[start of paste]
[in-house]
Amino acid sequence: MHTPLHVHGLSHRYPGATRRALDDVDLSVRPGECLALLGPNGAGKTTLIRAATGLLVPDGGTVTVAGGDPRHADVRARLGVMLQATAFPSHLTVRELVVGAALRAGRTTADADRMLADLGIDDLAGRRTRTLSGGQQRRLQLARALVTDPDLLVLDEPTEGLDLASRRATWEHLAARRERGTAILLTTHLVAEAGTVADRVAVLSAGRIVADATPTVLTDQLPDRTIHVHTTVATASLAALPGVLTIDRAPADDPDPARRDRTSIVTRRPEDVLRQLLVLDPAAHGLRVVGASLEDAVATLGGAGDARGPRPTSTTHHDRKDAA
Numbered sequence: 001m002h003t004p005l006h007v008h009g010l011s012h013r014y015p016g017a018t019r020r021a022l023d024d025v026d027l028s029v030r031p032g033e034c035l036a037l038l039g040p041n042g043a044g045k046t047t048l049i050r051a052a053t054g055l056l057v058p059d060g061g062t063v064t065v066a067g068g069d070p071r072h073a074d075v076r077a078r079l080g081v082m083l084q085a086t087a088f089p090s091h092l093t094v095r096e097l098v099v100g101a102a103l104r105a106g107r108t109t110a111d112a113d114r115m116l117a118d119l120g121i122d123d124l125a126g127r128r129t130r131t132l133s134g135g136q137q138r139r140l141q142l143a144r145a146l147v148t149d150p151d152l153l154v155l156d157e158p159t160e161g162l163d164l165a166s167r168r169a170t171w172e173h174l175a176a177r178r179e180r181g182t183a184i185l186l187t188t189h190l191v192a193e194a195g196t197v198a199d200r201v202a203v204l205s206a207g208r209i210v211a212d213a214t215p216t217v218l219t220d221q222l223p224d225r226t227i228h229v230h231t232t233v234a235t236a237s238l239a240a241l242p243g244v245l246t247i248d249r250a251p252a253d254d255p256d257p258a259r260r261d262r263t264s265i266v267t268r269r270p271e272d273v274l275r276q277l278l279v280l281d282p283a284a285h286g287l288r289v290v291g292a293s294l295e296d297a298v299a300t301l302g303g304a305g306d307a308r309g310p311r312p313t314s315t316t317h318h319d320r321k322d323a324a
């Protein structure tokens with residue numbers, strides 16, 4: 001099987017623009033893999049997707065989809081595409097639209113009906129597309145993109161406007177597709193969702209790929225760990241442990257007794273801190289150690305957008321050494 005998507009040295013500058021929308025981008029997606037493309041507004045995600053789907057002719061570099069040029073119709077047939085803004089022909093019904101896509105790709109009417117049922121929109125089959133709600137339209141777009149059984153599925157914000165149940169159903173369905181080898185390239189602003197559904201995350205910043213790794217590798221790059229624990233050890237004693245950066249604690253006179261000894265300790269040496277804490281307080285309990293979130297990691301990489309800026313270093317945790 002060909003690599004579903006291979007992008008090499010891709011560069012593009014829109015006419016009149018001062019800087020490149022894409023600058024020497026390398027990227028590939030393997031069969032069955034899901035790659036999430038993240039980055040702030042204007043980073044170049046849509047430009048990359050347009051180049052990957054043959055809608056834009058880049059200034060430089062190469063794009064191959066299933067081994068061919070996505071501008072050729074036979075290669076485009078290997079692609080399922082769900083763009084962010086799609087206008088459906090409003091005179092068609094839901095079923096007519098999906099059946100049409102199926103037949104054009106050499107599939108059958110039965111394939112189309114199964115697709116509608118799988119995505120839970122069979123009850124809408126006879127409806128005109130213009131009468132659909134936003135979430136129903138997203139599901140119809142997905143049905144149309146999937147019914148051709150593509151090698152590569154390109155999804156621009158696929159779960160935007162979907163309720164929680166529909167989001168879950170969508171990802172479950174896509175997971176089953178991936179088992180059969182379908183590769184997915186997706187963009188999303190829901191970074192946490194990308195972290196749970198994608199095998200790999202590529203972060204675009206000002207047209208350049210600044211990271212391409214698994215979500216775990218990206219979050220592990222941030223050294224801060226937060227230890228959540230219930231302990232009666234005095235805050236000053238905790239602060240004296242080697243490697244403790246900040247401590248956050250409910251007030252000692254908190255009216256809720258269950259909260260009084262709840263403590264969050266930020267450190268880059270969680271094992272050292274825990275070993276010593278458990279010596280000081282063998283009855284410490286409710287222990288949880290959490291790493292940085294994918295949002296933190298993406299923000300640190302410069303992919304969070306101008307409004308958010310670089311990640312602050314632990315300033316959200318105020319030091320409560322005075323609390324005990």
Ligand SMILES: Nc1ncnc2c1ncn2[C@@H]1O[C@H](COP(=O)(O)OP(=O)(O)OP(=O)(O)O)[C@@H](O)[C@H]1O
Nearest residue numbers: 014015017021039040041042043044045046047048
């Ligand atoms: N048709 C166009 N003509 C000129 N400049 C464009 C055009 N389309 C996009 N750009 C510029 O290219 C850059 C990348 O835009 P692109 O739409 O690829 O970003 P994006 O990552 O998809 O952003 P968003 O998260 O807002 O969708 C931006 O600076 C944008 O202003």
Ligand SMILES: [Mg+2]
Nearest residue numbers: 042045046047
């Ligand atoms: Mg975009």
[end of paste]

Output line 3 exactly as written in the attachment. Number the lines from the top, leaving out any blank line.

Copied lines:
Numbered sequence: 001m002h003t004p005l006h007v008h009g010l011s012h013r014y015p016g017a018t019r020r021a022l023d024d025v026d027l028s029v030r031p032g033e034c035l036a037l038l039g040p041n042g043a044g045k046t047t048l049i050r051a052a053t054g055l056l057v058p059d060g061g062t063v064t065v066a067g068g069d070p071r072h073a074d075v076r077a078r079l080g081v082m083l084q085a086t087a088f089p090s091h092l093t094v095r096e097l098v099v100g101a102a103l104r105a106g107r108t109t110a111d112a113d114r115m116l117a118d119l120g121i122d123d124l125a126g127r128r129t130r131t132l133s134g135g136q137q138r139r140l141q142l143a144r145a146l147v148t149d150p151d152l153l154v155l156d157e158p159t160e161g162l163d164l165a166s167r168r169a170t171w172e173h174l175a176a177r178r179e180r181g182t183a184i185l186l187t188t189h190l191v192a193e194a195g196t197v198a199d200r201v202a203v204l205s206a207g208r209i210v211a212d213a214t215p216t217v218l219t220d221q222l223p224d225r226t227i228h229v230h231t232t233v234a235t236a237s238l239a240a241l242p243g244v245l246t247i248d249r250a251p252a253d254d255p256d257p258a259r260r261d262r263t264s265i266v267t268r269r270p271e272d273v274l275r276q277l278l279v280l281d282p283a284a285h286g287l288r289v290v291g292a293s294l295e296d297a298v299a300t301l302g303g304a305g306d307a308r309g310p311r312p313t314s315t316t317h318h319d320r321k322d323a324a